Ex-McHenry County IL Deputy to Plead Guilty on Federal Sex Crime Charges

By - January 6, 2014
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McHenrySexChargesA sheriff’s deputy in McHenry County, Illinois is going to plead guilty to charges of sexual abuse and exploitation of a child, related to allegations from 2012.

Gregory Pyle, 38, is facing a federal charge of aggravated sexual abuse of a child, as well as the production of child pornography. Pyle originally pleaded not guilty to the charges in August 2012, but he has apparently decided to plead guilty, according to federal court documents.

These accusations first became public in January 2012. That was when prosecutors in the county charged him with the crime of predatory criminal assault against a juvenile. He was then put on paid administrative leave. Then he was fired that year in August after the federal charges were brought against him.

Federal investigators learned of the alleged crimes that Pyle had done when they were searching a home in St. Anne, IL in 2010, and a resident there stated that he had sold child porn to a person who used the user name Scouts Out 888. Investigators eventually traced that user name to Pyle.

A boy told the police that Pyle had sexually abused him several times in 2012, according to the federal complaint. The complaint also cited abuse by the deputy from when the child was as young as eight until he was 10. These assaults allegedly occurred at Pyle’s house and on trips to a Wisconsin hotel. It was not clear from the federal charges when the abuse stopped.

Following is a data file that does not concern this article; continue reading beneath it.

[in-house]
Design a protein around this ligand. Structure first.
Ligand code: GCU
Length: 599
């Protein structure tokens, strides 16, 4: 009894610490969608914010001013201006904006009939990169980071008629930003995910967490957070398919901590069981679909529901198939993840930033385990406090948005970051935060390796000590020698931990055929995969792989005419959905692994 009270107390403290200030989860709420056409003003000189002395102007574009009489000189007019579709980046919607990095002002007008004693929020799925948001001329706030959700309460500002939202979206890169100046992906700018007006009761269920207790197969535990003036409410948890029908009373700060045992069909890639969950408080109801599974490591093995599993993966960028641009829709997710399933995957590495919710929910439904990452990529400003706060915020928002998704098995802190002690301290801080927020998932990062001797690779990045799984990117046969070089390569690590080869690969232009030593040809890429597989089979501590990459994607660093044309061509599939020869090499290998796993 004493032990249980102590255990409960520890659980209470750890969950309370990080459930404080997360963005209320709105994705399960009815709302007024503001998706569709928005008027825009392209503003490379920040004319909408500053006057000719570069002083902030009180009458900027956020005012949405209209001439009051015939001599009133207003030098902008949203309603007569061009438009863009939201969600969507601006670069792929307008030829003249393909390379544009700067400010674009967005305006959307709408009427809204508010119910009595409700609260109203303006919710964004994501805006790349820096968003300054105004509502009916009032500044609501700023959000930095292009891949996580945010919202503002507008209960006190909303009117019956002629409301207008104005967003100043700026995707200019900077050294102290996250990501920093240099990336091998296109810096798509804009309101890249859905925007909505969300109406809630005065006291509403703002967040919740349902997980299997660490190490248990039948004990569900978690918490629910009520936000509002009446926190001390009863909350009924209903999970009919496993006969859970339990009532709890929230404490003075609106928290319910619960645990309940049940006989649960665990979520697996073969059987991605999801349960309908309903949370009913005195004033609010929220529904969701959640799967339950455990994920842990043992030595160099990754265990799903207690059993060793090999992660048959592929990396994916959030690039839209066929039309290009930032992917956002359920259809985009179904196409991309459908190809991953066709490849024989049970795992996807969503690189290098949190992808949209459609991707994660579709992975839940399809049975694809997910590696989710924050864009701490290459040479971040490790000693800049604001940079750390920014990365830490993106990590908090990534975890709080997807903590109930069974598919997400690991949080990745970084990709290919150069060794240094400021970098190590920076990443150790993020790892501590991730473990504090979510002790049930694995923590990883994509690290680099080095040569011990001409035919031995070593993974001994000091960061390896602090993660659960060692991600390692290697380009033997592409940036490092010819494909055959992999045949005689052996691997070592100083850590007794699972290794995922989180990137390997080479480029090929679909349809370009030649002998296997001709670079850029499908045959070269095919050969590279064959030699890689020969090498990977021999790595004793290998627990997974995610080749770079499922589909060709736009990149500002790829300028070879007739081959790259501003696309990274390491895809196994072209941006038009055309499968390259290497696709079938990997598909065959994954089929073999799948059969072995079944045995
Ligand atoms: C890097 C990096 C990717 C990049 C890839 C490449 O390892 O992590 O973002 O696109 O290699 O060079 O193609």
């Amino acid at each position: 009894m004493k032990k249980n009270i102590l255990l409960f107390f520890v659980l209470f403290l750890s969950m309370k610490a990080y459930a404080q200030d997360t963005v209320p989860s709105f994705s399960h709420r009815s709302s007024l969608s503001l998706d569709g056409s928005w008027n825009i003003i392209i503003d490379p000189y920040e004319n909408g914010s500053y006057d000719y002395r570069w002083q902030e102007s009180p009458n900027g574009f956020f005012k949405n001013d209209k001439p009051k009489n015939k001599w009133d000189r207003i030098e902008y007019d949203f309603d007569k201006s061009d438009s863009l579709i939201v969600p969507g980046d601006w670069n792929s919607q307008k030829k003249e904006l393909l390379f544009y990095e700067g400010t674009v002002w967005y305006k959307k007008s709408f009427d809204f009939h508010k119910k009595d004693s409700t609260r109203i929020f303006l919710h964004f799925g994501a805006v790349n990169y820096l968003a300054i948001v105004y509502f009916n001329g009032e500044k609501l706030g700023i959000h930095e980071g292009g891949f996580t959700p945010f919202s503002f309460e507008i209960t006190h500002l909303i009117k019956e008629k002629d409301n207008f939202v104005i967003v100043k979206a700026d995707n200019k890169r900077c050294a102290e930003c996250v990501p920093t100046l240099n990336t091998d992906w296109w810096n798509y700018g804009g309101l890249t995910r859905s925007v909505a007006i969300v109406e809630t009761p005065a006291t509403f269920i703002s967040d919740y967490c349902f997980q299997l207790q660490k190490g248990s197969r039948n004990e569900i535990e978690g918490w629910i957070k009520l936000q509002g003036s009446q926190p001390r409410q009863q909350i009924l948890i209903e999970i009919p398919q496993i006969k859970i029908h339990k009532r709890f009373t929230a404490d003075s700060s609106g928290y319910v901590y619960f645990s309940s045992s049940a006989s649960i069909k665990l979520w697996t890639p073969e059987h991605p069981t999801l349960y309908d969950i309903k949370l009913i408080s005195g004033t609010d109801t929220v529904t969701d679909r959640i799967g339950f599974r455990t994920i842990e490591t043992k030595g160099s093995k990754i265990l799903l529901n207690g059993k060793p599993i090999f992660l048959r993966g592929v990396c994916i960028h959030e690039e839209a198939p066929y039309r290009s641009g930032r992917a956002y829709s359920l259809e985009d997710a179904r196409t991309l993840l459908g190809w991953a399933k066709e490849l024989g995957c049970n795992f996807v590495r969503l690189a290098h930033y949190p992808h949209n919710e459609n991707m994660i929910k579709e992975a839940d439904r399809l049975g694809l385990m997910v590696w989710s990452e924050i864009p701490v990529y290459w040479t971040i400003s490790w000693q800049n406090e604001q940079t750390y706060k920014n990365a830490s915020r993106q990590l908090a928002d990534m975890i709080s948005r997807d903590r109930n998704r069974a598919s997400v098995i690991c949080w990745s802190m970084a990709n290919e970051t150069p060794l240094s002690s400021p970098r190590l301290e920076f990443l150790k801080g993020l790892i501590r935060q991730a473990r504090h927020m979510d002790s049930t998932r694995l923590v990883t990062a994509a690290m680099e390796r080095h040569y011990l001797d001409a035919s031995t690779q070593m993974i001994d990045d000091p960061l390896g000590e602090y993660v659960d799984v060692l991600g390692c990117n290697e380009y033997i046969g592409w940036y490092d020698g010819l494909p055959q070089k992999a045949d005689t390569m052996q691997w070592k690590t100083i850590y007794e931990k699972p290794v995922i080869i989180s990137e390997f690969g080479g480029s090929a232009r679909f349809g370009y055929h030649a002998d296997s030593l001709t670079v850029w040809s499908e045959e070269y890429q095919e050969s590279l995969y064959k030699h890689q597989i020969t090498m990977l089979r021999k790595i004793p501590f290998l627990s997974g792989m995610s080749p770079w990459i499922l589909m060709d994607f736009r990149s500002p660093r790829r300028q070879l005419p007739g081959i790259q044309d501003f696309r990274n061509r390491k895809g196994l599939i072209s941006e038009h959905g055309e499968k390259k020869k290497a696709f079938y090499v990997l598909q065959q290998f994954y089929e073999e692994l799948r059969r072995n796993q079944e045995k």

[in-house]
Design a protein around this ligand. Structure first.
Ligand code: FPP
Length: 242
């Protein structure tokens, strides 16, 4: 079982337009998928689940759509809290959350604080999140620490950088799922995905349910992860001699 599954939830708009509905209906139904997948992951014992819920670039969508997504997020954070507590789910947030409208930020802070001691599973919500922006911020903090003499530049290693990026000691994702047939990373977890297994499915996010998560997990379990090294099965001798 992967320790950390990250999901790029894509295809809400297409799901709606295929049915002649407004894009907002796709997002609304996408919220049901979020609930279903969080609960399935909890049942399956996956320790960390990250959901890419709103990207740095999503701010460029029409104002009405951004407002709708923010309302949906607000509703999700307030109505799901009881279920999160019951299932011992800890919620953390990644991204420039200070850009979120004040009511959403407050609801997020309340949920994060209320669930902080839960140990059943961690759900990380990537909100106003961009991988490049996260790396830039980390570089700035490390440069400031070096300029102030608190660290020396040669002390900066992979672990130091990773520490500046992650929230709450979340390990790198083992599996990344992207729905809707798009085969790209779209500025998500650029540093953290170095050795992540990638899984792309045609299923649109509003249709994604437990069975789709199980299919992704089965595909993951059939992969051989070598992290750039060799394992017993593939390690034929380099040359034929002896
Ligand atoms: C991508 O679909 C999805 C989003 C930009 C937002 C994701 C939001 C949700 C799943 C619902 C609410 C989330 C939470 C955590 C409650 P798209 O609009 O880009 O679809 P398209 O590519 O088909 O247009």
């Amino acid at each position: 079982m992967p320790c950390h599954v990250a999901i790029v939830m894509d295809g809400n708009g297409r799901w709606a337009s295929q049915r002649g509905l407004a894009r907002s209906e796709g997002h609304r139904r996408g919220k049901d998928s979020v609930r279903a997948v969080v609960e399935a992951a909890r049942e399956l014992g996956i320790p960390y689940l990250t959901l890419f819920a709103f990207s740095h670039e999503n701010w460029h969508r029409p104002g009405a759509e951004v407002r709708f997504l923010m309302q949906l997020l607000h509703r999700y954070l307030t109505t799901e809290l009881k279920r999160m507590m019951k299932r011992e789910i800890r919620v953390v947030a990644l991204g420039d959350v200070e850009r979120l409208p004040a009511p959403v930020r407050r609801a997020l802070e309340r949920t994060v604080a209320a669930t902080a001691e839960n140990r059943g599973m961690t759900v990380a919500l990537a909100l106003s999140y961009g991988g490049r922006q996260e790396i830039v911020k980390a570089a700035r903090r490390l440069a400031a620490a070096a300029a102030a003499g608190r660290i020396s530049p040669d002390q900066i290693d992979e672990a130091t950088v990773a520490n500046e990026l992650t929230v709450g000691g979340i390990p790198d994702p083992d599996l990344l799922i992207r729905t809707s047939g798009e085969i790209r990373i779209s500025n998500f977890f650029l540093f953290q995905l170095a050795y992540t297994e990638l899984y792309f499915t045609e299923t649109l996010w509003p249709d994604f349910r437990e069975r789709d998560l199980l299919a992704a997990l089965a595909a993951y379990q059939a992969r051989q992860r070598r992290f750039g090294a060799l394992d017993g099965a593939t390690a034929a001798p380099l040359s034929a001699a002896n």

Pyle is a veteran of the US Army and he investigated numerous sex crimes on the Internet as a deputy. This included pornography.

If he is convicted on the federal charges, he could get up to 30 years to life in prison. The state charges on the case carry a sentence of up to 60 years. Pyle is in federal custody, and he is awaiting trial on the state charges.

About Federal Sex Crimes

Federal laws make it clear that if you are in possession of any sexualized images of children under the age of 18, this is considered child pornography. Minors who are under the age of 18 may not be depicted in pornography. Federal and state laws usually are defined by the kind of porn that was created and the method of use involved. For instance, the charges can change based upon whether child porn was created, and included filming of children in sex situations. Child pornography charges also can stem from the possession of such sexualized images, no matter if the evidence consists of actual photos, or images on a DVD or computer hard drive.

Child pornography is treated harshly at the federal level, and first time offenders often face charges from 15 to 30 years in federal prison. If you are convicted of transporting child pornography, you can face 5 to 20 years in prison. When released, you also will have to register as a sex offender and follow many rules, including the requirement of staying at least several hundred feet from a school.